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  1. #1
    2x 2004 Seadoo RXP. Milwaukee, Wisconsin. wisconsin_quat's Avatar
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    Red face Sunken salt water salvage Part 2... 6 hours of revival work later...

    So quick history recap:

    Submerged in salt water for 24 hours.

    Trailered home and started working on it 72 hours after it was pulled out of the water.

    Here is what I did to it last night:
    - Put key in, the system acknowledged the key on the display. (no beep though). I did NOT try to start it.
    - Pulled spark plugs (water in the cylinders, also plug 3, the copper tip was starting to corrode).
    - Sucked oil out (only 1/2 quart of milky oil came out)
    - Pulled intake pipe of inlet of SC (2 cups of water came out)
    - Sucked the gas out completely from the tank (out of 13 gallons, approximately 2 gallons was sea water). Thanks 'aha' for the procedure. Unfortunately though, when I put the key on, the fuel pump didn't run... I think it has something to do with the ECU issue (see below)... I had to drill pump the gas out.
    - pulled the intake manifold off (water in the manifold).
    - pulled the waterbox pipe off (sucked out 2 cups of water from the box).
    - pulled the intercooler, vacuumed water from both IC hoses.
    - filled up entire crank case all the way up to the dipstick tube hole in the actual block up with mobil 1 syn oil (hey its all i had at the garage)...
    - removed jet pump nozzle and cone, turned engine over with a 12mm allen on a breaker bar. Soaked the intake valves and plug holes with 'fluid film' anti corrosion spray that everyone on the forum seems to love. The engine turned over, but was a little hard to turn at very first but freed up quite nicely after a couple turns... spins freely now.
    - checked all connections, the only corrosion was on the power cable coming directly off the battery, and ALSO only on 2 pins at the ECU / MPEM (i don't know the correct terminology yet sorry)... One of the ecu pins broke off and remained in the harness.... yes it was just that corroded but only on 2 pins in the harness and ECU. The pin that broke off is the one outlined in the picture below. Does anyone know the function of that pin? Cost of ECU?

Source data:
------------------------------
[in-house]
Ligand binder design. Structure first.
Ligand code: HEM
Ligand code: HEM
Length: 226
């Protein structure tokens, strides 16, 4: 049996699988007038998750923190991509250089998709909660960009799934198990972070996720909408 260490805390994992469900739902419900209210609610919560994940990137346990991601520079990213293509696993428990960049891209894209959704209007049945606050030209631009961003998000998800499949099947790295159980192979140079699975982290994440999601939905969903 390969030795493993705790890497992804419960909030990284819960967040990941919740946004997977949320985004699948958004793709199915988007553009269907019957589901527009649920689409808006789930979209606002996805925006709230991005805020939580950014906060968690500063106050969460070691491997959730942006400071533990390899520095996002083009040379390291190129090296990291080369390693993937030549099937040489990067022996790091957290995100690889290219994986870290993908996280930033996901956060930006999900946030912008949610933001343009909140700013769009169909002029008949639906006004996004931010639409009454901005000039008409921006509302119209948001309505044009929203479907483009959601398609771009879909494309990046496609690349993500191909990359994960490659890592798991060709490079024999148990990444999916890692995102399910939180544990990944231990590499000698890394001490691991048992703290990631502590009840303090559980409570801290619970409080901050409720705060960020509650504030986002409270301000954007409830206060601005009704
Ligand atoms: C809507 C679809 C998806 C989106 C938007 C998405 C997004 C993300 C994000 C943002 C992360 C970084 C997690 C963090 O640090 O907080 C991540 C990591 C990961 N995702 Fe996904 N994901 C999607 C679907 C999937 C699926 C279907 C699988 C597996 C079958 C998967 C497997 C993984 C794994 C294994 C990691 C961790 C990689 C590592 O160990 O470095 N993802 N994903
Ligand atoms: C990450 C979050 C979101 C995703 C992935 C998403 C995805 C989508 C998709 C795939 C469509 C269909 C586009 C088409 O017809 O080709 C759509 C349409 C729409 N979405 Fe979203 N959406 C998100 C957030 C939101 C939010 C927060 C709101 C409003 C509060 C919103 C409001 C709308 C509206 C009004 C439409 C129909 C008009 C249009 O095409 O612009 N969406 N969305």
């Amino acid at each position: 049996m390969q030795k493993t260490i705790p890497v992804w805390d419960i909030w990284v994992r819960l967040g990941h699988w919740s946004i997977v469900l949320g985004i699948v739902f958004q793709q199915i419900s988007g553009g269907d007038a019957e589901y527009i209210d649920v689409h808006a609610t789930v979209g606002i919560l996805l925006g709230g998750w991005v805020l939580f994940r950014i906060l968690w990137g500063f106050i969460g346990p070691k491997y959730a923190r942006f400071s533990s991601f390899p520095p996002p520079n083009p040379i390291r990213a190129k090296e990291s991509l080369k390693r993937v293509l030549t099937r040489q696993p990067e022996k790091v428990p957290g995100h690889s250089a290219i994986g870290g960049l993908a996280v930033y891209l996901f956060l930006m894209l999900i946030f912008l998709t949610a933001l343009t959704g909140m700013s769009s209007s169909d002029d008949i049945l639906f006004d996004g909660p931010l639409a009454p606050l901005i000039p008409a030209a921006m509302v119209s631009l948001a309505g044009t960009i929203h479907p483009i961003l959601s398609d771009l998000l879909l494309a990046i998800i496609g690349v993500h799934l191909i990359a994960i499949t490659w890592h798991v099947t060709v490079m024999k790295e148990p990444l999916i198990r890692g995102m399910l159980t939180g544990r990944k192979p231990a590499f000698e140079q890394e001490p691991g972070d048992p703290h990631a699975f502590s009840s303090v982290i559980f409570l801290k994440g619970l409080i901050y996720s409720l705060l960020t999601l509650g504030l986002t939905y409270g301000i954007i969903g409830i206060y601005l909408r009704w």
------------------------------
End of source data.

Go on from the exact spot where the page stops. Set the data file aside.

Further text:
Currently my parts list is:
    fuel injector seals
    intake manifold gaskets
    oil filter
    case of 12 quarts of amsoil marine syn oil.
    new ecu/ mpem or fix existing if possible
    spark plugs
    intercooler seals
    possible wiring harness

    The only engine item that I haven't hit yet with anti corrosion film are the exhaust valves and basically anything on the exhaust side of the engine... remove exhaust manifold??

    So what should I do tonight after work when I go to the garage????

    What are my next steps?????
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  2. #2
    lextoy's Avatar
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    sounds good, i only question the fluid film.
    it is a great protectant against corrosion, but in this cae you want something that actually attacks corrosion too. like aerokroil or pb blaster. does flid film have any penetration and corrosion eating capabilities??
    i have actually seen aerokroil remove rust stains and discoloration from corrosion, with just the wipe of a rag. really seems to recondition the metal.
    gotta get the fuel pump running to flush the system.

  3. #3
    lextoy's Avatar